GEORGETOWN VOICE - A Case For The Classics: The Princess Bride
A Case For The Classics: The Princess Bride
This movie has everything: baseball, true love, and Billy Crystal. It has what is arguably the best line in cinematic history: “Hello. My name is Inigo Montoya. You killed my father. Prepare to die.” It has giant fucking RATS. It’s heartwarming and action-packed and hilarious. And this isn’t just an ode to The Princess Bride. This is a call-out post for anyone who doesn’t like this absolute gem of a film.
So here’s how it goes: A grandfather is reading a story, The Princess Bride, to his grandson. The grandson wants nothing to do with the love story. But guess what, buddy? You’re gonna have to deal with it for the sake of THE BEST LOVE STORY OF ALL FUCKING TIME. So in the story, Buttercup lives on a farm and has her “farmhand” (aka the beautiful, kind, and chivalrous Westley) do her bidding, and every time she asks for something, he responds, “as you wish.” But when Buttercup believes Westley to be dead, she gets betrothed to this Prince who a) is an ASSHOLE and b) she does not love. PLOT TWIST THOUGH: Westley is not dead. Buttercup runs into him thinking he’s actually a pirate,not her one true love, and as she pushes him down a hill he screams, “AS YOU WISH!” A lot more happens but the internet exists so either watch it or look it up.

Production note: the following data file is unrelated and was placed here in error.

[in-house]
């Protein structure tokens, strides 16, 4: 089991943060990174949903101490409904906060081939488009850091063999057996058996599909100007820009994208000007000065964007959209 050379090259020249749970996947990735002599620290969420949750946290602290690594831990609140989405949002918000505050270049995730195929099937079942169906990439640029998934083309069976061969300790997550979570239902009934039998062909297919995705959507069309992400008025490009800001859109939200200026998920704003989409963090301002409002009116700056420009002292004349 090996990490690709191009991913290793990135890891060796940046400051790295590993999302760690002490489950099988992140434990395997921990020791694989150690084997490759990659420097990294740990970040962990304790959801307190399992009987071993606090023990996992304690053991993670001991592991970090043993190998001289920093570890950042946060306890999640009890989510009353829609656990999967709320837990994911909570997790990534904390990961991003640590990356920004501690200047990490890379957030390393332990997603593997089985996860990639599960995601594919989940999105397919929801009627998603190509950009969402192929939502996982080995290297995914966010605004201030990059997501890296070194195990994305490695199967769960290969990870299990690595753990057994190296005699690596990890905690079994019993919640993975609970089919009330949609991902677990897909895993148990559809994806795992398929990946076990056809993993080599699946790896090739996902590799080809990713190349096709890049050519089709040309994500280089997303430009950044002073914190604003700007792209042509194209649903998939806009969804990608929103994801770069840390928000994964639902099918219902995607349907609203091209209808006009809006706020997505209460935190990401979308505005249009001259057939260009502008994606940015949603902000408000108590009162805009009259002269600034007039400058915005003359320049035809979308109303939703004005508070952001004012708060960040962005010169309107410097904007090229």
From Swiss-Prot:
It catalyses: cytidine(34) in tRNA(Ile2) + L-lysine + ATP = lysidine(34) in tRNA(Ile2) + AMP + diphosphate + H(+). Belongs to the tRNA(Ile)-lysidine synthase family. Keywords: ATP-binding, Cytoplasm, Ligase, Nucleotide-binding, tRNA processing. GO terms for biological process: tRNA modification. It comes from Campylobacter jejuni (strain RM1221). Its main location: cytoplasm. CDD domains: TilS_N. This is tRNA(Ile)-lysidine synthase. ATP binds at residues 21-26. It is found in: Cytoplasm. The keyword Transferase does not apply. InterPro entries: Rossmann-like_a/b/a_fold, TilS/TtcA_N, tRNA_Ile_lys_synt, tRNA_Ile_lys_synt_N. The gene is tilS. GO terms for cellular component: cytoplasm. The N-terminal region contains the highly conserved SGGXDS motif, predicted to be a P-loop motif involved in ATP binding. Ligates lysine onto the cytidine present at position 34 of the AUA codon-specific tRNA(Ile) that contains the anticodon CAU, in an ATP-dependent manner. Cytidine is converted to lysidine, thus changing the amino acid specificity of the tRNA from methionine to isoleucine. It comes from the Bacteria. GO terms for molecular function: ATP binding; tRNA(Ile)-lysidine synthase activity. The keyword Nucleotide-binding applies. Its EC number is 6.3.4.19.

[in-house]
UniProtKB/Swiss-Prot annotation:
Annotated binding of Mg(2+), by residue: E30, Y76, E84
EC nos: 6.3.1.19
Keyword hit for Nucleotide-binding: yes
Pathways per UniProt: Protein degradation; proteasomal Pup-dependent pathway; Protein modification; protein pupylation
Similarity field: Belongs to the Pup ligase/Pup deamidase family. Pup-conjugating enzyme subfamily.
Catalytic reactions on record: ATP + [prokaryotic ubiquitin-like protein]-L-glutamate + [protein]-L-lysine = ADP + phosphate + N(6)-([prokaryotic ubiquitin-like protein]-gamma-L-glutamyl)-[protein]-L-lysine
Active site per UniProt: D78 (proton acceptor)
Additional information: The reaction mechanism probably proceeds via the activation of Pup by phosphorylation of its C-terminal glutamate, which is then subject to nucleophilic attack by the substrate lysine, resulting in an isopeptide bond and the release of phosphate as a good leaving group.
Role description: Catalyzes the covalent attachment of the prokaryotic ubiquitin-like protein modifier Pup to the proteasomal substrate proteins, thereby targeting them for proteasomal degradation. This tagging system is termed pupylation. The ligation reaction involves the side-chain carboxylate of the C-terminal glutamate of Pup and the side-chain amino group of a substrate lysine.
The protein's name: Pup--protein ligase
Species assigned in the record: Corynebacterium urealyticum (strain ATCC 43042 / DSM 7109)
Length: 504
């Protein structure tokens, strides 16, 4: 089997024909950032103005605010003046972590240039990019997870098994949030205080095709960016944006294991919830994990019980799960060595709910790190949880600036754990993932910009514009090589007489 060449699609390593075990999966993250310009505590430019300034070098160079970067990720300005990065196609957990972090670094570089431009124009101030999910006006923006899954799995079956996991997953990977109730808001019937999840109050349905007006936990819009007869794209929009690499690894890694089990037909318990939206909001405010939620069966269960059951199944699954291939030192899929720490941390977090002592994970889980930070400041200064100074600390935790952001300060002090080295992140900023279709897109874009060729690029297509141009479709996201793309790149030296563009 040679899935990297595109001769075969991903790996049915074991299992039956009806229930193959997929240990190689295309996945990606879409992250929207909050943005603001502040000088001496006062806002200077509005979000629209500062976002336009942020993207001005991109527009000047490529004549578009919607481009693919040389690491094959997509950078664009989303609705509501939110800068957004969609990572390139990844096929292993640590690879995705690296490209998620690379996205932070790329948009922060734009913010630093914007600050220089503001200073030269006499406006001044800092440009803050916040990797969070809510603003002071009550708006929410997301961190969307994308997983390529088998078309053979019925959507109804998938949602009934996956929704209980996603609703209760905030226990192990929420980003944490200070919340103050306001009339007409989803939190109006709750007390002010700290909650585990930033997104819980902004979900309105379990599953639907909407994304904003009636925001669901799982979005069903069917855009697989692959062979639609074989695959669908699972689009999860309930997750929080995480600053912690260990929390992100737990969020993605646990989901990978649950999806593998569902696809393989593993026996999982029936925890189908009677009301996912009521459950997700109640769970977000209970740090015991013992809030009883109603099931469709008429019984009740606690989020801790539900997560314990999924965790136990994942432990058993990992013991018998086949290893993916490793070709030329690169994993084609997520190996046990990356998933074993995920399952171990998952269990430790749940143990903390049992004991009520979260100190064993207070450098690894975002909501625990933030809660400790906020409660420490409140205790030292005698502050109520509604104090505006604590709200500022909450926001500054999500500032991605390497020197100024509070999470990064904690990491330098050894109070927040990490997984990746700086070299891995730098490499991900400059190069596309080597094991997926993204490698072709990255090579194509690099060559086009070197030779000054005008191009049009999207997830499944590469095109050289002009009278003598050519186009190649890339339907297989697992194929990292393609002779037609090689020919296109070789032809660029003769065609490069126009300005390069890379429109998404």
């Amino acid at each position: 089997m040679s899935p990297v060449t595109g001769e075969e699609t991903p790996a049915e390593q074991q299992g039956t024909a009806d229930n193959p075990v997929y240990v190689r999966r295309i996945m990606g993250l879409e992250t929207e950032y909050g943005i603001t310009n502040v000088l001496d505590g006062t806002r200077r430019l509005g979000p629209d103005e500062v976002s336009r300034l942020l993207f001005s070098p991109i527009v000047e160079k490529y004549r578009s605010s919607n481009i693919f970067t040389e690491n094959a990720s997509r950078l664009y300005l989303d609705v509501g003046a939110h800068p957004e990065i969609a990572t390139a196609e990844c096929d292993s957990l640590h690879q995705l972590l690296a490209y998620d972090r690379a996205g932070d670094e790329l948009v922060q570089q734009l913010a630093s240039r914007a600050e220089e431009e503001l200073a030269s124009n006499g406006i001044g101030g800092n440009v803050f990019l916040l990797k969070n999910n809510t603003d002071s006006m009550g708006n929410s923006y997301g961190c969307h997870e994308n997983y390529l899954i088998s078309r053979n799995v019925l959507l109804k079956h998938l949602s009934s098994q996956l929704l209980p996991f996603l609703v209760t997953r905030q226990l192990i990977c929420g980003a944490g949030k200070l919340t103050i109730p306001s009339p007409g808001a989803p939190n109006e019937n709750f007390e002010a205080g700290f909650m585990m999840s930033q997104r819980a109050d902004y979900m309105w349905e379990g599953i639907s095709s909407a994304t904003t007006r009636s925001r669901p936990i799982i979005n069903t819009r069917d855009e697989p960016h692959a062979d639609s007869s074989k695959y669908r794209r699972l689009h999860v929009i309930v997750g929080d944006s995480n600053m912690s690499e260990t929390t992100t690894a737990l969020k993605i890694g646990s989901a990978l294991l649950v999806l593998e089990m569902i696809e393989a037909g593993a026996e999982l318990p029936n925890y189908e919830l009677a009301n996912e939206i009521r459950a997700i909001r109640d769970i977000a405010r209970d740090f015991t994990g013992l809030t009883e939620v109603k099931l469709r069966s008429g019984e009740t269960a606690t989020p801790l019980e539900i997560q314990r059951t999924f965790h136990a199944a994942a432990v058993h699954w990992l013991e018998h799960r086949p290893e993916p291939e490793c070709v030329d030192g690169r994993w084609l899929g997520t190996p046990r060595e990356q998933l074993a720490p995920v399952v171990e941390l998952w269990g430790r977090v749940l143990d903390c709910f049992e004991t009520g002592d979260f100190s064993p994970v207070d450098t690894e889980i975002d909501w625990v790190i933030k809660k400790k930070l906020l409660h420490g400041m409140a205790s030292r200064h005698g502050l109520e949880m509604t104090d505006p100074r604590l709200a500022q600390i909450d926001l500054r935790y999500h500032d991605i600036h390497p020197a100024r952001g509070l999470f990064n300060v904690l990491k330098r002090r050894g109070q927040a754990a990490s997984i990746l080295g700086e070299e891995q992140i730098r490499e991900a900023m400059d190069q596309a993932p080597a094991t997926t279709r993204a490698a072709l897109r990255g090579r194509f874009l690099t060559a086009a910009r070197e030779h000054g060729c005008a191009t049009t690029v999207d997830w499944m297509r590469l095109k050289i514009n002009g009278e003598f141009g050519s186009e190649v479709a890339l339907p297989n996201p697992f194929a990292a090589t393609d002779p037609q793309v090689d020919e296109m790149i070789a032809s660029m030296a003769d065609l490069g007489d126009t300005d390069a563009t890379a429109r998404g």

The best part about the movie, though, is the side characters. You’ve got Billy Crystal and Carol Kane playing a kooky couple who also happen to be witch doctors. You’ve got Mandy Patinkin playing Inigo Montoya whose wit is sharper than his sword. You’ve got Wallace Shawn playing Vizzini who is constantly fed up with everything all the time (his go-to line is “inconceivable!”) so yeah he’s pretty much me. Their quips throughout the film, as well as the charming dynamic between the grandfather and the grandson, keep your heart warm while you struggle with anxiety over Westley and Buttercup’s seemingly-doomed love.
For anyone anywhere who has said anything bad about this movie, you’re wrong. The Princess Bride is perfect. The grandson embodies every boy or man who has been anti-rom com, but by the end of the story is changed for life. The late-‘80s charm mixed with the Renaissance-era setting gives the perfect backdrop for the love story. What is possibly the best part of the movie, though, is the humor. It’s filled with witty jokes, sarcastic remarks, and ridiculous plot quirks (re: gigantic rats). It’s a classic, it’s heartwarming, it’s action-packed, and it’s objectively one of the best films of the 20th century.